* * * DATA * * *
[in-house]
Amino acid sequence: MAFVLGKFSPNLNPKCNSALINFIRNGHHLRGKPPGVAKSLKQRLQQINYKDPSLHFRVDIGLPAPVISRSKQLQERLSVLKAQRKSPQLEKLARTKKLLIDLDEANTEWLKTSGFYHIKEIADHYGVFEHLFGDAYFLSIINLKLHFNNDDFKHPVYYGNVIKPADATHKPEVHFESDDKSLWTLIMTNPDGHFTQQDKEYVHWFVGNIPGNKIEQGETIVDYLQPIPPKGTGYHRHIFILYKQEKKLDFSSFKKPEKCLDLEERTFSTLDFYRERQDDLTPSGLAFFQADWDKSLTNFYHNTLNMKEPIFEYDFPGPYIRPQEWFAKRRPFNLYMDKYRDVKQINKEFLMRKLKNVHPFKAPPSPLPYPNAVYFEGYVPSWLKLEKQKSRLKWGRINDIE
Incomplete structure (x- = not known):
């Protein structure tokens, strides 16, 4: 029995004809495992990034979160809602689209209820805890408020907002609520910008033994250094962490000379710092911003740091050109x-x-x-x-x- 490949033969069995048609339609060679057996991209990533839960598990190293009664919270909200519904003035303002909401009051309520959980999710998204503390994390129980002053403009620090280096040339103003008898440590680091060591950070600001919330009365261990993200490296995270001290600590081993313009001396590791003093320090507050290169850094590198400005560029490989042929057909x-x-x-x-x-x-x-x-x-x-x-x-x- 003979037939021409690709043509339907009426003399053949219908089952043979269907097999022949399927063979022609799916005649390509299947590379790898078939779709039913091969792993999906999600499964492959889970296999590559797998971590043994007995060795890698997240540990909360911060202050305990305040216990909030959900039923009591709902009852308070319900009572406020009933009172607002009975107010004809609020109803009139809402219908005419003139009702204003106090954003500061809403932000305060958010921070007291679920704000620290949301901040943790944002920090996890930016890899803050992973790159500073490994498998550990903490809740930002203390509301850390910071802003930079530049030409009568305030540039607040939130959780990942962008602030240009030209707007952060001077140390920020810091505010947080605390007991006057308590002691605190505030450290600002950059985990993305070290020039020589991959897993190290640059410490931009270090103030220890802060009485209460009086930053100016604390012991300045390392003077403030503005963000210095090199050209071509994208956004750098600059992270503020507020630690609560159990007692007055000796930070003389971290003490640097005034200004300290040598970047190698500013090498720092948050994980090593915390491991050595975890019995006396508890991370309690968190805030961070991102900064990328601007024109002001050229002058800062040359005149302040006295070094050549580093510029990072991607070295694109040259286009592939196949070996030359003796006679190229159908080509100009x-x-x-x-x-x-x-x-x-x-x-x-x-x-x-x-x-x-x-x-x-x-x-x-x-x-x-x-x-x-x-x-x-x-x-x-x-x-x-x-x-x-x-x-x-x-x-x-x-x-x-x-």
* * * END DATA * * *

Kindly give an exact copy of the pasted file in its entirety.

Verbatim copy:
[in-house]
Amino acid sequence: MAFVLGKFSPNLNPKCNSALINFIRNGHHLRGKPPGVAKSLKQRLQQINYKDPSLHFRVDIGLPAPVISRSKQLQERLSVLKAQRKSPQLEKLARTKKLLIDLDEANTEWLKTSGFYHIKEIADHYGVFEHLFGDAYFLSIINLKLHFNNDDFKHPVYYGNVIKPADATHKPEVHFESDDKSLWTLIMTNPDGHFTQQDKEYVHWFVGNIPGNKIEQGETIVDYLQPIPPKGTGYHRHIFILYKQEKKLDFSSFKKPEKCLDLEERTFSTLDFYRERQDDLTPSGLAFFQADWDKSLTNFYHNTLNMKEPIFEYDFPGPYIRPQEWFAKRRPFNLYMDKYRDVKQINKEFLMRKLKNVHPFKAPPSPLPYPNAVYFEGYVPSWLKLEKQKSRLKWGRINDIE
Incomplete structure (x- = not known):
């Protein structure tokens, strides 16, 4: 029995004809495992990034979160809602689209209820805890408020907002609520910008033994250094962490000379710092911003740091050109x-x-x-x-x- 490949033969069995048609339609060679057996991209990533839960598990190293009664919270909200519904003035303002909401009051309520959980999710998204503390994390129980002053403009620090280096040339103003008898440590680091060591950070600001919330009365261990993200490296995270001290600590081993313009001396590791003093320090507050290169850094590198400005560029490989042929057909x-x-x-x-x-x-x-x-x-x-x-x-x- 003979037939021409690709043509339907009426003399053949219908089952043979269907097999022949399927063979022609799916005649390509299947590379790898078939779709039913091969792993999906999600499964492959889970296999590559797998971590043994007995060795890698997240540990909360911060202050305990305040216990909030959900039923009591709902009852308070319900009572406020009933009172607002009975107010004809609020109803009139809402219908005419003139009702204003106090954003500061809403932000305060958010921070007291679920704000620290949301901040943790944002920090996890930016890899803050992973790159500073490994498998550990903490809740930002203390509301850390910071802003930079530049030409009568305030540039607040939130959780990942962008602030240009030209707007952060001077140390920020810091505010947080605390007991006057308590002691605190505030450290600002950059985990993305070290020039020589991959897993190290640059410490931009270090103030220890802060009485209460009086930053100016604390012991300045390392003077403030503005963000210095090199050209071509994208956004750098600059992270503020507020630690609560159990007692007055000796930070003389971290003490640097005034200004300290040598970047190698500013090498720092948050994980090593915390491991050595975890019995006396508890991370309690968190805030961070991102900064990328601007024109002001050229002058800062040359005149302040006295070094050549580093510029990072991607070295694109040259286009592939196949070996030359003796006679190229159908080509100009x-x-x-x-x-x-x-x-x-x-x-x-x-x-x-x-x-x-x-x-x-x-x-x-x-x-x-x-x-x-x-x-x-x-x-x-x-x-x-x-x-x-x-x-x-x-x-x-x-x-x-x-």